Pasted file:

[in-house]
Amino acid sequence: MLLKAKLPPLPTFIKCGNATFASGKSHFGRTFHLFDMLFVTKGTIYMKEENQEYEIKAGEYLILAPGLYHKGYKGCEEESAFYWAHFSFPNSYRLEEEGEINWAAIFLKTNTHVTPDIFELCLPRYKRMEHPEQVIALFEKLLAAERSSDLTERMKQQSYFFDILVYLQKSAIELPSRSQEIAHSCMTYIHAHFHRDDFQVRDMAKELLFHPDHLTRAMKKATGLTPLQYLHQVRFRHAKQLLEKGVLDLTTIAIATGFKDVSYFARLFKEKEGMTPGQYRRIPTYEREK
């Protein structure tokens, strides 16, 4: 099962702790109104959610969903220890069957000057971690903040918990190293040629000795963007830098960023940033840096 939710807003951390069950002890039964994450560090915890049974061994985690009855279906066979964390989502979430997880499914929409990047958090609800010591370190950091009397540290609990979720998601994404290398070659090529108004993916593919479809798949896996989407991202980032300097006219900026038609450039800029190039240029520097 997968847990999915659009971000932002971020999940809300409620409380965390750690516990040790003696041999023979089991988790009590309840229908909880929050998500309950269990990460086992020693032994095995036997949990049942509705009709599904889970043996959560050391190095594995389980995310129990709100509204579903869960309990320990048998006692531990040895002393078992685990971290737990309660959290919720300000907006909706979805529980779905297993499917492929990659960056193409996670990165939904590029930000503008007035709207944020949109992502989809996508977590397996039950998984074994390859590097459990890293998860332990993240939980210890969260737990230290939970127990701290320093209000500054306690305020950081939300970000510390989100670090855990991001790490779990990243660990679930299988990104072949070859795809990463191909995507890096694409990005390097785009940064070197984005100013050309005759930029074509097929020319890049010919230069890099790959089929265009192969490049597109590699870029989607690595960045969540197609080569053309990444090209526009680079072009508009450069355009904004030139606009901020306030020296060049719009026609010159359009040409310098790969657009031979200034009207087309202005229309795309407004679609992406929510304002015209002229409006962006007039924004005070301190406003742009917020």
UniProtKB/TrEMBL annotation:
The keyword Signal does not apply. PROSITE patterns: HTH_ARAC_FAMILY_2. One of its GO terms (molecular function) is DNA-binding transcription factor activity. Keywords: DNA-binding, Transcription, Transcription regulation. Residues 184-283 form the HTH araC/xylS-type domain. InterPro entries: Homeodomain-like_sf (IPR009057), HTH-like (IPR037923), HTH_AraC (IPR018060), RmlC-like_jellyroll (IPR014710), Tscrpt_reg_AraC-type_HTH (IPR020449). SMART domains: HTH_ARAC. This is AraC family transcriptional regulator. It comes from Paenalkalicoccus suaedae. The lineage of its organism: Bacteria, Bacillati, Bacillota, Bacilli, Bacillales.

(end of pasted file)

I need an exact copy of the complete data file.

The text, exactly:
[in-house]
Amino acid sequence: MLLKAKLPPLPTFIKCGNATFASGKSHFGRTFHLFDMLFVTKGTIYMKEENQEYEIKAGEYLILAPGLYHKGYKGCEEESAFYWAHFSFPNSYRLEEEGEINWAAIFLKTNTHVTPDIFELCLPRYKRMEHPEQVIALFEKLLAAERSSDLTERMKQQSYFFDILVYLQKSAIELPSRSQEIAHSCMTYIHAHFHRDDFQVRDMAKELLFHPDHLTRAMKKATGLTPLQYLHQVRFRHAKQLLEKGVLDLTTIAIATGFKDVSYFARLFKEKEGMTPGQYRRIPTYEREK
């Protein structure tokens, strides 16, 4: 099962702790109104959610969903220890069957000057971690903040918990190293040629000795963007830098960023940033840096 939710807003951390069950002890039964994450560090915890049974061994985690009855279906066979964390989502979430997880499914929409990047958090609800010591370190950091009397540290609990979720998601994404290398070659090529108004993916593919479809798949896996989407991202980032300097006219900026038609450039800029190039240029520097 997968847990999915659009971000932002971020999940809300409620409380965390750690516990040790003696041999023979089991988790009590309840229908909880929050998500309950269990990460086992020693032994095995036997949990049942509705009709599904889970043996959560050391190095594995389980995310129990709100509204579903869960309990320990048998006692531990040895002393078992685990971290737990309660959290919720300000907006909706979805529980779905297993499917492929990659960056193409996670990165939904590029930000503008007035709207944020949109992502989809996508977590397996039950998984074994390859590097459990890293998860332990993240939980210890969260737990230290939970127990701290320093209000500054306690305020950081939300970000510390989100670090855990991001790490779990990243660990679930299988990104072949070859795809990463191909995507890096694409990005390097785009940064070197984005100013050309005759930029074509097929020319890049010919230069890099790959089929265009192969490049597109590699870029989607690595960045969540197609080569053309990444090209526009680079072009508009450069355009904004030139606009901020306030020296060049719009026609010159359009040409310098790969657009031979200034009207087309202005229309795309407004679609992406929510304002015209002229409006962006007039924004005070301190406003742009917020």
UniProtKB/TrEMBL annotation:
The keyword Signal does not apply. PROSITE patterns: HTH_ARAC_FAMILY_2. One of its GO terms (molecular function) is DNA-binding transcription factor activity. Keywords: DNA-binding, Transcription, Transcription regulation. Residues 184-283 form the HTH araC/xylS-type domain. InterPro entries: Homeodomain-like_sf (IPR009057), HTH-like (IPR037923), HTH_AraC (IPR018060), RmlC-like_jellyroll (IPR014710), Tscrpt_reg_AraC-type_HTH (IPR020449). SMART domains: HTH_ARAC. This is AraC family transcriptional regulator. It comes from Paenalkalicoccus suaedae. The lineage of its organism: Bacteria, Bacillati, Bacillota, Bacilli, Bacillales.